Sustainable business : the New Zealand plastics sector : a thesis presented in partial fulfilment of the requirements for the degree of Master of Resource and Environmental Planning at Massey University

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Massey University
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The usual approach to problem-solving is to identify and remove the cause of the problem. Sometimes this is not possible because the cause cannot be found; because there are too many causes; or because the cause is human and cannot be removed. In such cases we are usually paralysed. Most of the major problems in the world will not be solved by more analysis. There is a need for design. There is a need to design a way forward – leaving the cause in place (De Bono, 1999, p. 140) To make progress towards sustainable development sustainability must be translated into action. For the New Zealand plastics sector this will require significant change to existing business strategies, practices, procedures and products. These changes will need to be supported by government policies and consumers. Society makes decisions in a complex and integrated way. This complexity is very apparent within the New Zealand plastics sector with its vast range of polymers, products, and markets, and its often conflicting consumer demands and expectations. The central issues the industry must address in working towards sustainable development are the use of non-renewable petrochemical resources, the use of toxic or hazardous chemicals and additives and the creation of solid waste and litter. Existing sustainable business models tend to focus on problem solving at specific levels of business operation. There is a need to provide a more cohesive message to the business community. Integrating sustainable development with all three levels of business strategy at corporate, business unit and operational levels, with the full commitment of business owners and shareholders is required. To engage a higher proportion of the industry in such changes strong leadership and market support is required, alongside the provision of simple and effective ideas, tools and resources to improve the capability of industry to operate in a sustainable manner. To reach a state of sustainable business a tipping point must be established – where environmentally sustainable business practices become standard business practice and environmental excellence is rewarded with market success. To move away from an image of unsustainable practices the New Zealand plastics sector will need to exceed expectations, to create products that are not just sustainable, but that improve the quality of our environment. The New Zealand Plastics Sustainability Initiative and Best Practice Programme have been developed by the New Zealand plastics industry, as a result of this research, to create an environment where the ideas, tools and capabilities required to achieve this state are able to be inspired, developed and reinforced.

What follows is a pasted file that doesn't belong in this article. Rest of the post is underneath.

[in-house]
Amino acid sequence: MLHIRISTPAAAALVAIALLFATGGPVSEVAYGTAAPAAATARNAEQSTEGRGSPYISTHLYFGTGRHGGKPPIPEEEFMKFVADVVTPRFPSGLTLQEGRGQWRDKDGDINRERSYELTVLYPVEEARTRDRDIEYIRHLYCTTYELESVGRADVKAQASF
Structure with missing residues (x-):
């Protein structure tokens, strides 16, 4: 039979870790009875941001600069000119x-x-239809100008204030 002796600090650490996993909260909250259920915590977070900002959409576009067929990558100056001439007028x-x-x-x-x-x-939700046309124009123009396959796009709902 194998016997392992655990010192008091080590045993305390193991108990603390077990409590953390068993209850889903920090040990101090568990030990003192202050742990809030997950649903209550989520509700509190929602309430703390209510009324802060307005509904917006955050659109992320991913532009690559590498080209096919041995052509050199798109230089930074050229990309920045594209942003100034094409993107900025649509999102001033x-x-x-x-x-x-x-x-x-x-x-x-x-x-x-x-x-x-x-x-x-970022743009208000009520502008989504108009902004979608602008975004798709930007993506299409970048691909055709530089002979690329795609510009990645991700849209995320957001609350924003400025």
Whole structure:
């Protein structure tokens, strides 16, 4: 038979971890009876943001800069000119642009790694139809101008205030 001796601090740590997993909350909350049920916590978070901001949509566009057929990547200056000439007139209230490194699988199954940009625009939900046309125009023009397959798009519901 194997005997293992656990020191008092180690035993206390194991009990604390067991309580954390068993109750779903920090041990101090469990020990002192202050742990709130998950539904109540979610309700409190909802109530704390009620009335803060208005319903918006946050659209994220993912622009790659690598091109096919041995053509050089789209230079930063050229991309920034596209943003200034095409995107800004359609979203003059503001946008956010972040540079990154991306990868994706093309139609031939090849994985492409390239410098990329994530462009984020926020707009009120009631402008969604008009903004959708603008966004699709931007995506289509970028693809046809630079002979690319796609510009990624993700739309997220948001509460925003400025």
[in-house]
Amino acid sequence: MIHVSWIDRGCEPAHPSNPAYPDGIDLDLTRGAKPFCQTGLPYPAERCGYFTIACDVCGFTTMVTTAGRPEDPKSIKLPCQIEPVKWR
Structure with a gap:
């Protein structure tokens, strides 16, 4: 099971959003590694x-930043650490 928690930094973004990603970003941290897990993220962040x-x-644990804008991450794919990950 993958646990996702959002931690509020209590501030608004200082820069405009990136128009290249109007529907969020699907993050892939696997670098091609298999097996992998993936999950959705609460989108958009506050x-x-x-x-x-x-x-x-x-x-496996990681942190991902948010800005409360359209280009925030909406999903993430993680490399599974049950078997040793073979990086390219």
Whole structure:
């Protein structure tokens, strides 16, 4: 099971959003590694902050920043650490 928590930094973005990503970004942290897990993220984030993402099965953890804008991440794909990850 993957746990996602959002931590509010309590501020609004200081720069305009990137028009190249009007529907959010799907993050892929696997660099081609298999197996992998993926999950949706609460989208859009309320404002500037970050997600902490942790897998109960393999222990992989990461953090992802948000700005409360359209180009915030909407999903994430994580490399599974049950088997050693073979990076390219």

Plastics industry, New Zealand, Sustainable development, Sustainable plastics, Environmental sustainability